In the Faroes a group of sites has, because of their characteristics and associated placenames, been interpreted as medieval chapels – maybe even remains representing the early Christianisation process. But because of the lack of church archaeological investigations our knowledge of the Faroese Medieval church is quite limited. The paper will discuss the characterisation of the archaeological material at hand based on an ongoing project involving surveys and investigations of possible church ruins. In an attempt to understand these relics – their relation and function within the Medieval church in the Faroes – they will be placed in a settlement-historical as well as in a North Atlantic context.


The geography of a cemetery – the early Christian cemeteries of Skagafjör ur, North Iceland Author – Zoega, Gudny, Skagafjordur Heritage Museum, Saudarkrokur, Iceland (Presenting author)
Keywords: burial customs, cemeteries, churches

In the last decade early Christian churches and cemeteries in the region of Skagafjör ur, North Iceland, have been the object of extensive archaeological research. A thorough regional survey has suggested the possibility of at least 120 farms with early churches/cemeteries. Of those, 15 have been further examined and four have been extensively excavated. The research indicates that these cemeteries come into being around the date of the official conversion to Christianity in AD999/1000 and that their majority was discontinued just before or after AD1104. A small number ultimately evolved into parish or communal cemeteries and in some instances churches retained their function and boundary walls were rebuilt after the cemeteries were no longer being used for burial. In their outward appearance these cemeteries seem to have been remarkably similar in size and form suggesting that from the outset, they were being managed and structured according to a particular set of laws or customs. Burial customs that have been considered an 11th-12th century development, for instance sex segregation, also seem to have been in place right from the beginning of the 11th century. These cemeteries are adding a new dimension to our understanding of the early ecclesiastical landscape in Iceland and how and when important changes may have occurred. In this paper I will explore the differences and similarities that can be found in the layout and organisation of these cemeteries and how they compare with contemporary funerary data from outside Iceland.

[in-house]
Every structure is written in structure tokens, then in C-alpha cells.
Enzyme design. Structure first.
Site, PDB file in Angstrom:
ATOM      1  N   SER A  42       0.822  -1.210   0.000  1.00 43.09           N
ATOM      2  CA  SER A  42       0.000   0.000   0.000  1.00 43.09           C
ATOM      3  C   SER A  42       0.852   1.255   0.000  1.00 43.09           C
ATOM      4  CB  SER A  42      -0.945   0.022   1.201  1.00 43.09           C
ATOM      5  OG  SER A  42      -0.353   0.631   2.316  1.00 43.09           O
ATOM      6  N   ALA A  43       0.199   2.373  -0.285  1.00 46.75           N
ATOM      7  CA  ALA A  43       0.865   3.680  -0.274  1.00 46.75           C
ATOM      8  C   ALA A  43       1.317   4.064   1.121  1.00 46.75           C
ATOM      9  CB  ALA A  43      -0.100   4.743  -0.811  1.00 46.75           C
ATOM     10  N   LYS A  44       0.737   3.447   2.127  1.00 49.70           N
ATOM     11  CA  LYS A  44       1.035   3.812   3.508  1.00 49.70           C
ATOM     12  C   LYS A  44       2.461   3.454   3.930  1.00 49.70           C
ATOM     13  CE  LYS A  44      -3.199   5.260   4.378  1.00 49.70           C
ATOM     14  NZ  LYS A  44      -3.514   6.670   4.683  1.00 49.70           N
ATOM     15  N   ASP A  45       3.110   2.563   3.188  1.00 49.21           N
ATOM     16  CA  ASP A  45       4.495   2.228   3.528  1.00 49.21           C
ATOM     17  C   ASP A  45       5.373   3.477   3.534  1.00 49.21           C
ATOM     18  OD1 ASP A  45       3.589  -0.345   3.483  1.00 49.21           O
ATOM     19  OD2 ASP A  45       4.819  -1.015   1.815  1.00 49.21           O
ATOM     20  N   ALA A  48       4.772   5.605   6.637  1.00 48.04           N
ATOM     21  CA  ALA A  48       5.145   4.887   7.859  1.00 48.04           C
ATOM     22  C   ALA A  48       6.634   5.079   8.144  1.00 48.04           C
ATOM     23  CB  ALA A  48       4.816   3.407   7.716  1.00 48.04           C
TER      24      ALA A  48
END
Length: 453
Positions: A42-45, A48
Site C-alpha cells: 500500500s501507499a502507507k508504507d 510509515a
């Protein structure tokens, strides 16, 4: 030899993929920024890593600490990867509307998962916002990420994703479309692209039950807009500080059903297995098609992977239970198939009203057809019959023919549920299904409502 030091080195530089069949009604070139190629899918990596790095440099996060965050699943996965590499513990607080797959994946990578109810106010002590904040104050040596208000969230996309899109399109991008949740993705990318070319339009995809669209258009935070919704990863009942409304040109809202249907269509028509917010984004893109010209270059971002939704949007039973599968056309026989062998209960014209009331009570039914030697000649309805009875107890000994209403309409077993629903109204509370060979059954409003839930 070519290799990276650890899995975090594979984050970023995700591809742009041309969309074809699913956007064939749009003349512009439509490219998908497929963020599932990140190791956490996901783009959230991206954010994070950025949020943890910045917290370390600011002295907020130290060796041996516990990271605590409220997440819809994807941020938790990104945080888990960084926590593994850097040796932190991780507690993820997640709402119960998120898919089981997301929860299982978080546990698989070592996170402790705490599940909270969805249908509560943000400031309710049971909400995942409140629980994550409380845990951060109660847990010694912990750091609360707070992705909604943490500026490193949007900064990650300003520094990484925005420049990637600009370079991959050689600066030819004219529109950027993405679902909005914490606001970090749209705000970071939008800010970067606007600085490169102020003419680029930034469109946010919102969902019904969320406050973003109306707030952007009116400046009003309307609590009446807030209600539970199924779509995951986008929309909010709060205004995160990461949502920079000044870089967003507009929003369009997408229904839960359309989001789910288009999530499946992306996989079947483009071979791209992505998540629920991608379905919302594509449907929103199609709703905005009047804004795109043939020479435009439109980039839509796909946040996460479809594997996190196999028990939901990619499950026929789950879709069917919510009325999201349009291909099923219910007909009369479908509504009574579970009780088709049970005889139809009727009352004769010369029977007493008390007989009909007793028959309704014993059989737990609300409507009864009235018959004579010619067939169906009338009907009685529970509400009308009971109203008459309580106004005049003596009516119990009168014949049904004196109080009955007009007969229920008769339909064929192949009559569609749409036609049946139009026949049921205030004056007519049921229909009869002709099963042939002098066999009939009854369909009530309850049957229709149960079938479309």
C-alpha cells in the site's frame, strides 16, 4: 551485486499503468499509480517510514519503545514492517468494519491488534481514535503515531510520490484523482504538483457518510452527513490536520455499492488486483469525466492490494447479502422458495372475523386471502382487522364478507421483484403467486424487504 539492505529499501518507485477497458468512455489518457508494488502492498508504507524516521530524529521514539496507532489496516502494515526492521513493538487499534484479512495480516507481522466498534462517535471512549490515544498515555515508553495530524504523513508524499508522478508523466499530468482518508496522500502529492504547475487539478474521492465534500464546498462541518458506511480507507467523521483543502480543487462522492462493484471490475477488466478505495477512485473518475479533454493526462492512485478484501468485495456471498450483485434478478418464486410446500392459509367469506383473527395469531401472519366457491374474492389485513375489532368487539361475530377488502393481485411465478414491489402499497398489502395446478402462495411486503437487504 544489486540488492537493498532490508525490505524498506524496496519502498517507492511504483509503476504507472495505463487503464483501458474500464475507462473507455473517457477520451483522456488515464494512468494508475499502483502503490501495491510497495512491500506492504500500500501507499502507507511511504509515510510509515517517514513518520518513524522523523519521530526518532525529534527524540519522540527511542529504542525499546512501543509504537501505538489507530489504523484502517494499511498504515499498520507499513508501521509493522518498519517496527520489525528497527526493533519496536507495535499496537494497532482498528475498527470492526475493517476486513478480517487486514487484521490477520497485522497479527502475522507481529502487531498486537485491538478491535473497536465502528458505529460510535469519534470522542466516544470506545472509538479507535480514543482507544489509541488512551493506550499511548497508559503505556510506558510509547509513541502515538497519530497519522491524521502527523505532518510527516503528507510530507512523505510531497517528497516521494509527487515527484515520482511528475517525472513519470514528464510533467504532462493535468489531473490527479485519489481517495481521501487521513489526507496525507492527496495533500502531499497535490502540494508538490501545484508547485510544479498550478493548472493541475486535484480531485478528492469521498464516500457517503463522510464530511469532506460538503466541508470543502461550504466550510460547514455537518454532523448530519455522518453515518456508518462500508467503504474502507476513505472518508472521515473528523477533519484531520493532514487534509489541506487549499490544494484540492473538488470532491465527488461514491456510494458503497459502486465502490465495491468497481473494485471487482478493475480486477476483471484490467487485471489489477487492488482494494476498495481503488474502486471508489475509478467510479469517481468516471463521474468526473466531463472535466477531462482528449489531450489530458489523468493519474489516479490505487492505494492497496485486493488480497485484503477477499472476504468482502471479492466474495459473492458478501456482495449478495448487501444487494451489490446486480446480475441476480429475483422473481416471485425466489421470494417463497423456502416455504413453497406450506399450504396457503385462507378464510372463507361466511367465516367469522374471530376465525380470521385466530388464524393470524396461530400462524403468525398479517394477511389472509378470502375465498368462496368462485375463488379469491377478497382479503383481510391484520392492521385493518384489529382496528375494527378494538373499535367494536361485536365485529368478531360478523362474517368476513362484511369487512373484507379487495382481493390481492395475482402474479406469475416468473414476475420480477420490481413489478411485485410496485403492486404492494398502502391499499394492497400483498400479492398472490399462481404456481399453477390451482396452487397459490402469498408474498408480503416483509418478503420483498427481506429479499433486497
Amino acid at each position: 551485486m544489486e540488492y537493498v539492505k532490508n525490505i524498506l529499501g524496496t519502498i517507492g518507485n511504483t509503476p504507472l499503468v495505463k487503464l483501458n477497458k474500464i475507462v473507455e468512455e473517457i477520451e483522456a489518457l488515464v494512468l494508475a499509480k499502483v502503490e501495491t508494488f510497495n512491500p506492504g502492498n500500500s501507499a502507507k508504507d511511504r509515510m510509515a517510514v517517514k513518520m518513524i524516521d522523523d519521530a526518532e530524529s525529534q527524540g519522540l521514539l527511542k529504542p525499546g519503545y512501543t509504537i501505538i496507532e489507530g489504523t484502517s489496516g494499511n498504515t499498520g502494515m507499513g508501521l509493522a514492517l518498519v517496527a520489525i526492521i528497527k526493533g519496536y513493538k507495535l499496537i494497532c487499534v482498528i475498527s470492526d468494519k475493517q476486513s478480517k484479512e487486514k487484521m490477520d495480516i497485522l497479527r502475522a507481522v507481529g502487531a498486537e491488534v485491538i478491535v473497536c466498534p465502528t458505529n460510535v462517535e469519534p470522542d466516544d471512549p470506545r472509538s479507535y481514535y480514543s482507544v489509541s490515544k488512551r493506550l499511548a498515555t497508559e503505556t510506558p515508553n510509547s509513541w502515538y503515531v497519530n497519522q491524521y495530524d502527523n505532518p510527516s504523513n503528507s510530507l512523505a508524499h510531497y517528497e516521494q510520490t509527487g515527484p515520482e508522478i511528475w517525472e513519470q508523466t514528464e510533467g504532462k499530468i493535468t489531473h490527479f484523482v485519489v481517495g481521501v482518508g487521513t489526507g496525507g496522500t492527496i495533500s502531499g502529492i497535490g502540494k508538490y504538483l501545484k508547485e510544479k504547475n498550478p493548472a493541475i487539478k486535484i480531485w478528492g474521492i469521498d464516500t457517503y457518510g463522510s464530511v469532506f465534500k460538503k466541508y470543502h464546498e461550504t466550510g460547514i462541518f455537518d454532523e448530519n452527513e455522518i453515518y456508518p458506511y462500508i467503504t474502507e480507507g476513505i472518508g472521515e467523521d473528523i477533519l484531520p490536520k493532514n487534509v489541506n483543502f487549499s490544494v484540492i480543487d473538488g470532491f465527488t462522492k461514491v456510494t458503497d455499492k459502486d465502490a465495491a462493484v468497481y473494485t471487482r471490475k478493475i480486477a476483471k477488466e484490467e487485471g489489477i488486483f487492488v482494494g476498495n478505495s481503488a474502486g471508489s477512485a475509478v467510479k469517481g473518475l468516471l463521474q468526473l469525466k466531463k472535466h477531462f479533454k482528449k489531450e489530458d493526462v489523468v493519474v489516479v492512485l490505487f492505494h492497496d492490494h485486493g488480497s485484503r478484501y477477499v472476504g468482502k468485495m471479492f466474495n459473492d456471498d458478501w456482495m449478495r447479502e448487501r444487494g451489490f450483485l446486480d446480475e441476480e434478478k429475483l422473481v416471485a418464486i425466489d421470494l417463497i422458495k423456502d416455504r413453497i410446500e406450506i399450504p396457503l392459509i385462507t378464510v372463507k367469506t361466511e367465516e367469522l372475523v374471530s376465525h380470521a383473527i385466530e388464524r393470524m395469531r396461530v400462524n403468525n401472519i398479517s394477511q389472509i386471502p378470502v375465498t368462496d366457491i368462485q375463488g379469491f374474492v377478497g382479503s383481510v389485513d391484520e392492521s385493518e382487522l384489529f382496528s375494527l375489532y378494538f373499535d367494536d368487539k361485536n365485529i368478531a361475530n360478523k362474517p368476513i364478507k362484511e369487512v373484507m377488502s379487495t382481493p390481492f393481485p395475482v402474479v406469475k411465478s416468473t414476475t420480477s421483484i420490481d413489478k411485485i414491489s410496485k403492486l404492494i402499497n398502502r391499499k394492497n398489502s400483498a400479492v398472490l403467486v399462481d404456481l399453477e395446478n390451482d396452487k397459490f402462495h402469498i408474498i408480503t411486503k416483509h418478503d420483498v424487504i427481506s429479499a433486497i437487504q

Hofstaoir in Myvatnssveit. An early Icelandic religious landscape

Author – Dr. Gestsdottir, Hildur, Institute of Archaeology, Reykjavik, Iceland (Presenting author)
Keywords: church, Iceland, religion

In 2015 the excavation of the early Christian church and cemetery at Hofsta ir in M vatnssveit, northern Iceland, was completed.
The site which dates from the mid 10th to the early 12th century was typical for the early Christian cemeteries of the period in
Iceland, several phases of a central church surrounded by typically Christian graves, inhumations oriented west-east, all without
What is noteworthy however is that only 100m away from the church and cemetery are the remains of a substantial Viking
age feasting hall (excavated between 1995-2002). The hall, which has clear pagan symbols, not in the least that its exterior
was decorated with at least 23 cattle skulls, was in use for a relatively short period, constructed in the late 10th century, and